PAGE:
The new rules of luxury
Ten years ago, if you were to mention to anyone — jewellery industry insider or not — that you would like to sell diamonds online, the best reaction you could hope for would be a look of total disbelief. If fashion brands were slow to embrace the digital world, jewellery companies were even more reluctant to set up e-shops — or even consider building an online presence. To be fair, the difficulties at first glance could deter even the boldest entrepreneur. How do you recreate an offline luxury environment online? How do you make people trust you with such an expensive and sentimentally-driven purchase? And how do you convince them to buy something so personal and connected to an important moment in their life without even touching or feeling it?
Fast-forward to today, where the initial denial and scepticism has been replaced by an arms race between online jewellery retailers to grow their market share and expand their businesses. Fashion We Like got to talk with Tobias Kormind and Vadim Weinig, the co-founders of 77 Diamonds, about their experiences of building an online diamond brand, their challenges, as well as their views on a rapidly changing retail environment where content is key and the consumer gets to decide where a brand needs to be present.
What is the concept behind 77 Diamonds? What were the initial difficulties and how did you deal with them?
77 Diamonds is based on fusing the noble craft of fine jewellery making with a modern retail shopping experience. Taking the best aspects of a local family jeweller, 77 Diamonds adds master craftsmanship and provides full access to the closed world of diamonds, delivering affordable luxury. We initially faced challenges on all fronts, like the lack of belief from the diamond cutters to sceptical consumers who did not believe diamonds could be sold without being seen first, to technological problems with displaying videos, and dealing with more than 300,000 diamonds uploaded and sorted multiple times per day. These challenges have all been overcome and the initial scepticism from the industry is now being billed as a growth driver for the future.
How is technology changing the rules for traditional jewellers?
The internet, more than technology, has had a dramatic impact on the jewellery sector. In the actual jewellery manufacturing process, there has been a string of technology advances that have had significant impact. We were early adopters of lasers for mounting, microscopes for setting and CAD for 3D image printing of designs, giving us an advantage over more traditional-minded jewellers. However, the major innovation and almost revolution has been the advent of the internet, which has empowered the consumer like never before, with an abundance of information and a demystification of the opaque world of diamonds. We have embraced this and play an active role to ensure our customers get both the choice and value without having to compromise on quality, while more tradition jewellers have struggled to compete.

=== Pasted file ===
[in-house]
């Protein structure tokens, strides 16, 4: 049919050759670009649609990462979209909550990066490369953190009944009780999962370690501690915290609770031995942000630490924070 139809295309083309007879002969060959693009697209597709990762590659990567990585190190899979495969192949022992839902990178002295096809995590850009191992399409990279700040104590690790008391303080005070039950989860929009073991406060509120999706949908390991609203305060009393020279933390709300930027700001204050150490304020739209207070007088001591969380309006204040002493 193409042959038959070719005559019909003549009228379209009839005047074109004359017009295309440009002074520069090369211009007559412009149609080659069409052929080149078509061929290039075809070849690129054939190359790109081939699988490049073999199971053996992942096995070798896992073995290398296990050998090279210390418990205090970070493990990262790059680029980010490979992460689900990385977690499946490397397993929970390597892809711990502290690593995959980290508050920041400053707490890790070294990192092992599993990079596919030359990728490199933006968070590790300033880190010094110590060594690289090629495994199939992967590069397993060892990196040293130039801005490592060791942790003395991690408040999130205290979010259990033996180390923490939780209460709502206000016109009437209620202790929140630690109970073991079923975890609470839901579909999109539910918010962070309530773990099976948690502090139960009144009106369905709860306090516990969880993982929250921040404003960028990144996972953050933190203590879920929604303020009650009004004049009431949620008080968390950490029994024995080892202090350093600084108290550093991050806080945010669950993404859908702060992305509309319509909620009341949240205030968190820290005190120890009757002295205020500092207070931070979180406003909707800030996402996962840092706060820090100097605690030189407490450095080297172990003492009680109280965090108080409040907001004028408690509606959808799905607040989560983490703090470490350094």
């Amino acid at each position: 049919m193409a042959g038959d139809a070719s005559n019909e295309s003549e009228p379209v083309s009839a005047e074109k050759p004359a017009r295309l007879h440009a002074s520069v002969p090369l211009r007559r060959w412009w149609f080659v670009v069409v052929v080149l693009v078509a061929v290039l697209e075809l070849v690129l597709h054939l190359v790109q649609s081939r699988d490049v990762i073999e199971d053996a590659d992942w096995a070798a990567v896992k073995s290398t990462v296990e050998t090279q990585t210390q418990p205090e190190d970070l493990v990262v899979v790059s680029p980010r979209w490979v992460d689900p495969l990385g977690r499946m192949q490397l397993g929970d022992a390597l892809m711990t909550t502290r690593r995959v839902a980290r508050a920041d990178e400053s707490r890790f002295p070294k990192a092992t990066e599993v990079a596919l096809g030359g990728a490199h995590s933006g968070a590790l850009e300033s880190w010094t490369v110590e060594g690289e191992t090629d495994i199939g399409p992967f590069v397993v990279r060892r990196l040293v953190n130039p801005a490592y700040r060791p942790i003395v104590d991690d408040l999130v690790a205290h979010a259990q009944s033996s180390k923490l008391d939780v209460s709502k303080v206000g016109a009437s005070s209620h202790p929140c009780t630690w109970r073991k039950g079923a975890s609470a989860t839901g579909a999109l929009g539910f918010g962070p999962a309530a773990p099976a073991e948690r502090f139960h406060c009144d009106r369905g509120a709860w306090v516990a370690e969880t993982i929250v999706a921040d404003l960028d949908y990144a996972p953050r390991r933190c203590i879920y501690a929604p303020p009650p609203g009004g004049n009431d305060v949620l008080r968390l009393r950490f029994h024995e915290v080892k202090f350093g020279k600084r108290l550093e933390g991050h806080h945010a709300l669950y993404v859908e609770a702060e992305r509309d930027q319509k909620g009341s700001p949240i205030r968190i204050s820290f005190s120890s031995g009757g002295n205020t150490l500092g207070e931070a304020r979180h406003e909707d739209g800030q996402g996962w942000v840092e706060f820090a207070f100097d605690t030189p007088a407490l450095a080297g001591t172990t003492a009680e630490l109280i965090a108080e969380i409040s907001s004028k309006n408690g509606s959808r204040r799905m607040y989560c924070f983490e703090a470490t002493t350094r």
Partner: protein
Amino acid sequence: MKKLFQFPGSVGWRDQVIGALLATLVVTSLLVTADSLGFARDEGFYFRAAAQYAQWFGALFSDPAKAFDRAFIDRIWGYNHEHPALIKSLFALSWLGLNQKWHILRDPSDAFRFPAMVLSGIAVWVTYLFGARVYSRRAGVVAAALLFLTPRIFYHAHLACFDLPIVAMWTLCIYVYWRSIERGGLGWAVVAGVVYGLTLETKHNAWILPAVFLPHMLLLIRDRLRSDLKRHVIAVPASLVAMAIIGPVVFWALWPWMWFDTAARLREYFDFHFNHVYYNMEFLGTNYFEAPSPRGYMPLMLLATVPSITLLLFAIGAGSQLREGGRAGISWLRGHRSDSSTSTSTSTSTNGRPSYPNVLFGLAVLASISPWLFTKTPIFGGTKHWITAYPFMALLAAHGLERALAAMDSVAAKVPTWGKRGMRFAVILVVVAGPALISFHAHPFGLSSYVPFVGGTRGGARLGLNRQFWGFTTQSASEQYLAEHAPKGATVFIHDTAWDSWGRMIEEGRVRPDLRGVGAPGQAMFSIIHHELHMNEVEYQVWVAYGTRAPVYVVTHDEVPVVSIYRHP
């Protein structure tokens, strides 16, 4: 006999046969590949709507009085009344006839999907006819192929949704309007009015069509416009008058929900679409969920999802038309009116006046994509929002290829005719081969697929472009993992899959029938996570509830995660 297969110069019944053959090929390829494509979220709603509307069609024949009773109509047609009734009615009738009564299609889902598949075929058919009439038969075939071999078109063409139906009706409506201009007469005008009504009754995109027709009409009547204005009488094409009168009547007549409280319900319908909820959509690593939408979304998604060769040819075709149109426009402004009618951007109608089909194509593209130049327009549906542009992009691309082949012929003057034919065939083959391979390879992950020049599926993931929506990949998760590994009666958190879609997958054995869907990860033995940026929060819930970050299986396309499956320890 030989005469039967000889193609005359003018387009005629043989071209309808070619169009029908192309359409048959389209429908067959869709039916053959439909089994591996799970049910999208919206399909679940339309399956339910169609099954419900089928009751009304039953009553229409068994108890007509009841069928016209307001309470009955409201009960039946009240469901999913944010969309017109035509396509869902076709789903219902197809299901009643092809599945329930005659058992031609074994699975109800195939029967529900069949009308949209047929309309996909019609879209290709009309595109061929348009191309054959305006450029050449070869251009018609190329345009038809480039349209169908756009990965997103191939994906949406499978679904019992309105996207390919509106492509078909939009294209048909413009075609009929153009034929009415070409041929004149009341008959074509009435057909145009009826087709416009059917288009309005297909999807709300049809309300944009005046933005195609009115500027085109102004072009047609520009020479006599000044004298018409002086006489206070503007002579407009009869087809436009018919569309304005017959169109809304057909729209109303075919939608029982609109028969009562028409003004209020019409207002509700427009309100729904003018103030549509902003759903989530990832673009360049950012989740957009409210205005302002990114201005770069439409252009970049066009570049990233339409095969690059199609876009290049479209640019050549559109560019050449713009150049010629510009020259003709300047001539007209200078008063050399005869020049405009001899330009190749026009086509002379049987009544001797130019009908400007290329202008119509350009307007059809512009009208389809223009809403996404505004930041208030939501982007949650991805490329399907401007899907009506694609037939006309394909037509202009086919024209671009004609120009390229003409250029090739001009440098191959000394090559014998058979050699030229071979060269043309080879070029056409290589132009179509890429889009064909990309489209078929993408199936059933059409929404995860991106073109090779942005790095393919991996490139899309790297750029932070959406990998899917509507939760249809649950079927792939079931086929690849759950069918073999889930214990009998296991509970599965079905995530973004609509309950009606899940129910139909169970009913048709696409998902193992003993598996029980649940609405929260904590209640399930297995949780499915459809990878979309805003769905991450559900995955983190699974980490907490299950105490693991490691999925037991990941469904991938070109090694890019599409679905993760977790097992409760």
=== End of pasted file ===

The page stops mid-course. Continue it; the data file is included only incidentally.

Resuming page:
Online security has always been an important issue of e-commerce. Unfortunately, we recently witnessed a new wave of attacks that compromised the security of major U.S. retailers. How is this going to affect a sensitive market like yours?
We always deploy the latest security measures and test our website daily, but if the inner sanctum of the government is not impervious to attacks, then we are all vulnerable to some extent. This is the main reason why we have opted to store as little as possible client information, except for limited contact details and purchase history. I believe our payment partners are amongst the most vigilant in terms of security and we leverage off of their substantial investments in security to ensure our customers benefit from this protection.
According to American entrepreneur and investor Marc Andreessen, "Retail guys are going to go out of business, and e-commerce will become the place everyone buys. You are not going to have a choice." Do you agree with this notion and if so, why?
I think this statement is missing the point. Fundamentally we are all in retail (online or offline). A business selling to consumers is about how good your product is, how well you look after your customers and how good you are at controlling your costs relative to the margin you make. The internet is just a channel to reach customers; if the customers are increasingly using the internet as their point of acquisition, then that is where you need to be. For our sector, as jewellery is a very tactile product, I believe you need a blend to cater to a wider range of preferences. If you sell less and less through a store, you need to look at your numbers and work out if it is cost-effective to have that store at all.
As e-commerce continues to grow, how do you see physical retail spaces responding to this challenge? Do they need to focus more on creating concepts and offering a richer in-store experience?
Physical retail space will always be important because there will always be a demand to touch and feel products. However, consumers are much smarter today and if the value proposition is more compelling online, they will either a) go to a store to browse and then purchase online or b) purchase online if there is a good return policy to try the product on. To combat this, retailers need to improve pricing in store to be more competitive (reduced costs will allow for this) and invest heavily in online (through organic growth or customer acquisition). They need to change their head office structure to allow for a new generation of technology-oriented staff and digital marketers to come through the management structure to change the way the selling is done.
In which aspects of business is your company choosing to invest right now? Is your showroom more important than your online presence, or the opposite?